False flax oil

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False flax oil is a pressed seed oil, derived from the Camelina sativa or false flax, also called gold of pleasure. False flax has long been grown in Europe, and its oil used as a lamp oil until the 18th century. In recent times, its has been explored for use in cosmetic and skin care products.[1]It has a high content of omega-3 and is used as a food supplement by some cultures. In the United States the Food and Drug Administration has not rated the oil for human consumption yet. False flax belongs to the Brassicaceae (mustard and cabbage) family, which also contains many other seed oil plants, such as rapeseed oil. It contains 1 - 3% erucic acid.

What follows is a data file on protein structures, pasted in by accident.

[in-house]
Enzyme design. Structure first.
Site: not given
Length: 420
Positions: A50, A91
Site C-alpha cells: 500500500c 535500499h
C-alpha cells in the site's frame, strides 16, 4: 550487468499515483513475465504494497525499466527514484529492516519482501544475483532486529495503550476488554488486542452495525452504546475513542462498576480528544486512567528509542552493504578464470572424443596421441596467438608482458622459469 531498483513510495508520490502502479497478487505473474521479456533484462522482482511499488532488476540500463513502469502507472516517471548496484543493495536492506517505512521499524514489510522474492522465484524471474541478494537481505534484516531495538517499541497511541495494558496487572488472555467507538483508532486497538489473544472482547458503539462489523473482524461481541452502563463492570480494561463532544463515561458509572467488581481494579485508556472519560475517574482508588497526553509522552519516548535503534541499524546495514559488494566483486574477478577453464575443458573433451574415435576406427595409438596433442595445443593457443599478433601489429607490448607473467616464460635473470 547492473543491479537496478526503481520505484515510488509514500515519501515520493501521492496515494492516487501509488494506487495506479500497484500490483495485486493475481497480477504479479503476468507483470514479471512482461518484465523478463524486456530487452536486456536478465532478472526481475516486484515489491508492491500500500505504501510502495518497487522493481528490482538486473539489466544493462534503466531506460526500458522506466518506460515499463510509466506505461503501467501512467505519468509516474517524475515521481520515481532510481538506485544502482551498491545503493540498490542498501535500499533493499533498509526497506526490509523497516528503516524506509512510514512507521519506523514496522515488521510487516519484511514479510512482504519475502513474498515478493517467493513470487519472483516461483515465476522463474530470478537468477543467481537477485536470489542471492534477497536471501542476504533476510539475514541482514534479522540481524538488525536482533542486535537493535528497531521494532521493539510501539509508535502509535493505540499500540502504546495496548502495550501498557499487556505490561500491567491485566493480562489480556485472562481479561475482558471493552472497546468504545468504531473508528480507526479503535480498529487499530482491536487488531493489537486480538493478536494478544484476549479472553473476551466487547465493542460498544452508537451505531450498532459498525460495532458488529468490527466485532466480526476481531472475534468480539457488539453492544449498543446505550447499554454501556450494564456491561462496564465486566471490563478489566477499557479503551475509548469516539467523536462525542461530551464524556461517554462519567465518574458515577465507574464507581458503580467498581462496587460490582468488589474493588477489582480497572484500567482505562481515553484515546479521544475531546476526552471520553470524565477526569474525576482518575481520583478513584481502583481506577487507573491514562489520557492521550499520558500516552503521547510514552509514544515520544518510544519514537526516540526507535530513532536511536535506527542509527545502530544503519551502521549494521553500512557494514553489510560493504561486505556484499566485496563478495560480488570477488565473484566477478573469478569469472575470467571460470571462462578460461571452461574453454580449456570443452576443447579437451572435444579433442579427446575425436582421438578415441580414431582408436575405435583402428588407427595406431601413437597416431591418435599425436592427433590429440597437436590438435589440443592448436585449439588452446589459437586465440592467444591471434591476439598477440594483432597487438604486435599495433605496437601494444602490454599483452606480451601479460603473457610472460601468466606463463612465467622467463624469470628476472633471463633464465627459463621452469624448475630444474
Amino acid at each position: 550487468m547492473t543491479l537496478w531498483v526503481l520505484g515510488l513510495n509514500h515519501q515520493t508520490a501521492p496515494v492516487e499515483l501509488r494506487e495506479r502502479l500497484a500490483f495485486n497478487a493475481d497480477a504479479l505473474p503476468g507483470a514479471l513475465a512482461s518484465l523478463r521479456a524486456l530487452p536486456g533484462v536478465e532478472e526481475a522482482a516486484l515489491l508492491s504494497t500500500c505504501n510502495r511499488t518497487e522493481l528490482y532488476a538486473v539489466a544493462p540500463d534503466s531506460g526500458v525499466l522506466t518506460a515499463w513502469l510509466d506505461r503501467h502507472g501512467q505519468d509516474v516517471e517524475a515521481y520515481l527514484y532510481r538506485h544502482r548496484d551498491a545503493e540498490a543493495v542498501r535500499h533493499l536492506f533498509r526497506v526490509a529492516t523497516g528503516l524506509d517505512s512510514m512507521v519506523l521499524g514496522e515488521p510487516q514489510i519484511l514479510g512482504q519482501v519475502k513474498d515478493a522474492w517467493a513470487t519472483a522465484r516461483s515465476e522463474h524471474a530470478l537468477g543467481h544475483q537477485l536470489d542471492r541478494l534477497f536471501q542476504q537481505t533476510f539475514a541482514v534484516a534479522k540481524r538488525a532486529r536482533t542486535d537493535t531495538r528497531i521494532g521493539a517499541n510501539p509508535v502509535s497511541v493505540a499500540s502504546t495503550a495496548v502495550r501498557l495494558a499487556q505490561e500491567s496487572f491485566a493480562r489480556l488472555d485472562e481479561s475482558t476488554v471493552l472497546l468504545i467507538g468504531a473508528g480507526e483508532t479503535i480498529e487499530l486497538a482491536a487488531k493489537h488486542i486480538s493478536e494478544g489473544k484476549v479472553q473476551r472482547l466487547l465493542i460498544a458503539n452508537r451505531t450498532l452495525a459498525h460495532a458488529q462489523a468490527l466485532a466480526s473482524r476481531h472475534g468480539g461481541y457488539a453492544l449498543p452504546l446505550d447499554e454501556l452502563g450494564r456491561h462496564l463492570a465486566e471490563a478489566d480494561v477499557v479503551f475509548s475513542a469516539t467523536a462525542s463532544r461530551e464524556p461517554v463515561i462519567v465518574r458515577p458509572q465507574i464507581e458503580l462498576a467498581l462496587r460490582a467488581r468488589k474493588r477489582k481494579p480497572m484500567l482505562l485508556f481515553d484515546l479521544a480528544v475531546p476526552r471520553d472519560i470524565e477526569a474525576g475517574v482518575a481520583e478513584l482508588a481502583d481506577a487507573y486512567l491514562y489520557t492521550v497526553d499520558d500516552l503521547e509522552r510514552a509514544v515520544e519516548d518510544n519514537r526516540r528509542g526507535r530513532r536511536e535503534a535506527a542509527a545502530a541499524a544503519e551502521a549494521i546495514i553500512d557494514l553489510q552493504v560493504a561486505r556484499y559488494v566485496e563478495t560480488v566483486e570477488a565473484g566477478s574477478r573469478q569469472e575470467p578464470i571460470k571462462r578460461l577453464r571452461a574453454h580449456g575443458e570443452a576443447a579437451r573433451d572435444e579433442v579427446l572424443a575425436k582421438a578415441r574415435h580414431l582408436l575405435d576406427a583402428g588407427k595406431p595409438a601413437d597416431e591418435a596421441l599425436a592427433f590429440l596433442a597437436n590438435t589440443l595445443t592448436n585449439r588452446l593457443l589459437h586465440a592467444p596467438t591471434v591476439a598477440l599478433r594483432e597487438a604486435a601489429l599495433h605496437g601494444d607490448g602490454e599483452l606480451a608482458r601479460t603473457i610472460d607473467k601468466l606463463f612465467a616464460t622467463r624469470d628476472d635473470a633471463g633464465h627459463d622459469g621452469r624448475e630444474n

The seeds contain an average of 37% by weight of oil, and contains the following fatty acids:[2]

Component Percentage Category
Alpha-linolenic 35-42% Polyunsaturated
Oleic 12-27% Monounsaturated
Linoleic 16-25% Polyunsaturated
Gadoleic 9-17% Monounsaturated
Palmitic 3-8% Saturated
Stearic 2-3% Saturated

References[edit]

  1. ^ Stanislas Crouzier. "Processing false flax (camelina) proteins and oils to be used as base materials in cosmetics and skin care products". 
  2. ^ "Gold of Pleasure (pdf)". 

See also[edit]